Wednesday, July 14, 2021

An Artful Night Out: SD Practice at SDAI and Bread & Salt

By Lonnie Burstein Hewitt. Photos by Maurice Hewitt. 

At SDAI, a pair of art-lovers admire Internal Voids and External Bridges by Marisol Rendon.  (Charcoal on paper)

Saturday evening July 10th was a great time to be out and about again. It was the first time since early March 2020 that my husband and I actually went to an art opening—an opening that started in late afternoon and included not just one but two venues: SanDiego Art Institute (SDAI) in Balboa Park and Bread & Salt in Barrio Logan. 

This special event should have had a more exciting name than SD Practice. A sampling of the diverse practices of artists on both sides of the border, it featured almost 100 artworks purchased by the City of San Diego in the past year to help support regional artmakers during the pandemic. What enabled the purchases and the Practice was a generous $500,000 gift from the estate of the late Thomas O. Rasmussen, a devoted collector of contemporary art.

It was a thrill—kind of a scary one, initially—to be surrounded by art lovers and artists, hear the buzz of opening-night conversations and see familiar faces—most of them unmasked—that we hadn’t seen in a long, long time.

Here’s a look at a few of the almost 50 pieces at SDAI, where the evening began—with some of their creators posing beside them. 

Marianela de la Hoz, with The Absent Presence of Always. (Egg tempera on board) 

Hugo Crosthwaite, with White Dress. (Pencil, charcoal and acrylic on paper) 

Claudia Cano, with Rosa’s Cleaning Brushes. (Silkscreen on paper)

Excavated World 1 by Doris Bittar. (Hand-cut collages, archival map)

San Diego Art Institute 1439 El Prado, Balboa Park.
The exhibit will remain on view through September 5, 

And here are a few of the almost 50 pieces at Bread & Salt, where the evening continued.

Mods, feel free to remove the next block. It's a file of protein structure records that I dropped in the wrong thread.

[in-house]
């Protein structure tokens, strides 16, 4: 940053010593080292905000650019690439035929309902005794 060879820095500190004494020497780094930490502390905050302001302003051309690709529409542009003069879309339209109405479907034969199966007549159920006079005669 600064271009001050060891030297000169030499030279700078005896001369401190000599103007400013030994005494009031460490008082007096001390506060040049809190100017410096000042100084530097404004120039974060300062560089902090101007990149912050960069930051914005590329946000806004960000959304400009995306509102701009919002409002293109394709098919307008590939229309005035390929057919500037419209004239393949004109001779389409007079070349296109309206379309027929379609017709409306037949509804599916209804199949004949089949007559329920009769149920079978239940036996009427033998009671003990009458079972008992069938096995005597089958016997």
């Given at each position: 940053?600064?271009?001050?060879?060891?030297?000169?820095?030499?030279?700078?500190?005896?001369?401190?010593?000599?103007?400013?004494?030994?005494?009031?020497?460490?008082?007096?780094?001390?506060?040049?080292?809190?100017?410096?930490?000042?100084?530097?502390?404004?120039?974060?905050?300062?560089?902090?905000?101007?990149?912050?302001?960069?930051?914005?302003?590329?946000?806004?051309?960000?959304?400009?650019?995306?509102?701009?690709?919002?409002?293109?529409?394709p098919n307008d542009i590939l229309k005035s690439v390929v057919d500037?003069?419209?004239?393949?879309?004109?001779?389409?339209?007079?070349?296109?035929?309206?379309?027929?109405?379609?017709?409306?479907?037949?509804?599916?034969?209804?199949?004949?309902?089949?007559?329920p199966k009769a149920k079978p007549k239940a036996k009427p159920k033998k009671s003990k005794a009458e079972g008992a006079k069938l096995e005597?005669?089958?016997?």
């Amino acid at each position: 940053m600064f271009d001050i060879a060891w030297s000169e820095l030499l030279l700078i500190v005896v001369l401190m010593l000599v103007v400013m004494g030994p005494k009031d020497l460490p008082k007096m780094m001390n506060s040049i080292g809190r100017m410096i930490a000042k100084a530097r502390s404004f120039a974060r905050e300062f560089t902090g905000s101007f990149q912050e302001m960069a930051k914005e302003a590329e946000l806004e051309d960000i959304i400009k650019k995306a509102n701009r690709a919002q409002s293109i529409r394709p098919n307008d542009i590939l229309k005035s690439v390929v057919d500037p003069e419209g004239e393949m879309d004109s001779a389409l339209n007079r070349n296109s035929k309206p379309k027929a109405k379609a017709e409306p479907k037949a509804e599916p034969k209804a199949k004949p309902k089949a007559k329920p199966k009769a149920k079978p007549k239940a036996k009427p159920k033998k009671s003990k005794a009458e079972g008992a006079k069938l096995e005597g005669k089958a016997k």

Inverse Bowee, a wire sculpture by Ann Mudge. 

Ninguna Ballena Es Una Isla (No Whale Is an Island), a photograph by Angelica Escoto.

One thing I did miss at both venues was signage—almost none of the artworks were shown with their titles or the names of the artists who created them. In a way, it was interesting to see how you thought and felt about each piece without any prior knowledge, but not so helpful if you’re trying to write about them. There were QR codes you could access on your cell phones, but we couldn’t always locate them. 

One of the pieces that did have a title was La Sangre Se Limpia Con Sangre (Blood Cleans Itself with Blood)—a wishing-well/pond full of dark reddish liquid into which visitors were invited to toss coins.


La Sangre Se Limpia Con Sangre (Blood Cleans Itself with Water), an installation by Cristobal Gracia.

I watched people tossing their coins in and heard the glop as each coin hit the viscous water, and my husband noticed that the dirtier a coin looked, the more bubbles came up after it sank.

The artist just happened to be standing right by me when I was ready with questions. He told me the liquid was salsa—specifically, Valentina hot sauce. In Mexico, it seems, they clean statues with Valentina, which works very well, but while the work is in process, the statue looks like it’s bleeding. “I’m playing with the idea of cleaning money,” he said.

His name is Cristobal Gracia, he’s from Mexico City and he’s currently pursuing an MFA in sculpture at Yale. La Sangre was originally exhibited in Mexico City, but this is its first appearance in the U.S. It has already been sold to a collector in Mexico—something like one of the NFTs (Non-Fungible Tokens) we’ve all been hearing about. This means the buyer now owns detailed instructions on how to build his own coin-cleaning pond. I’m not sure Mexico City or New Haven are part of our region exactly, but Gracia’s installation looks quite at home at Bread & Salt.

Bread & Salt 1955 Julian Avenue, San Diego CA 92123
The exhibit here will remain on view through September 12, and they’ll be hosting a panel with several of the artists that evening, at 7 p.m.

A fun thing we did after Bread & Salt was walk over the freeway bridge to Logan Avenue, where we enjoyed some of the Barrio’s street-side murals and a lowrider parade. Here are two sights that seemed like a perfect addition to our artful night.

A neighborhood mural La Vida Es Un Sueno (Life is a Dream)

A welcome sign of Hope. 

Lonnie Burstein Hewitt is an award-winning author/lyricist/playwright who has written about arts and lifestyle for the La Jolla Light and other local media for over a dozen years. You can reach her at

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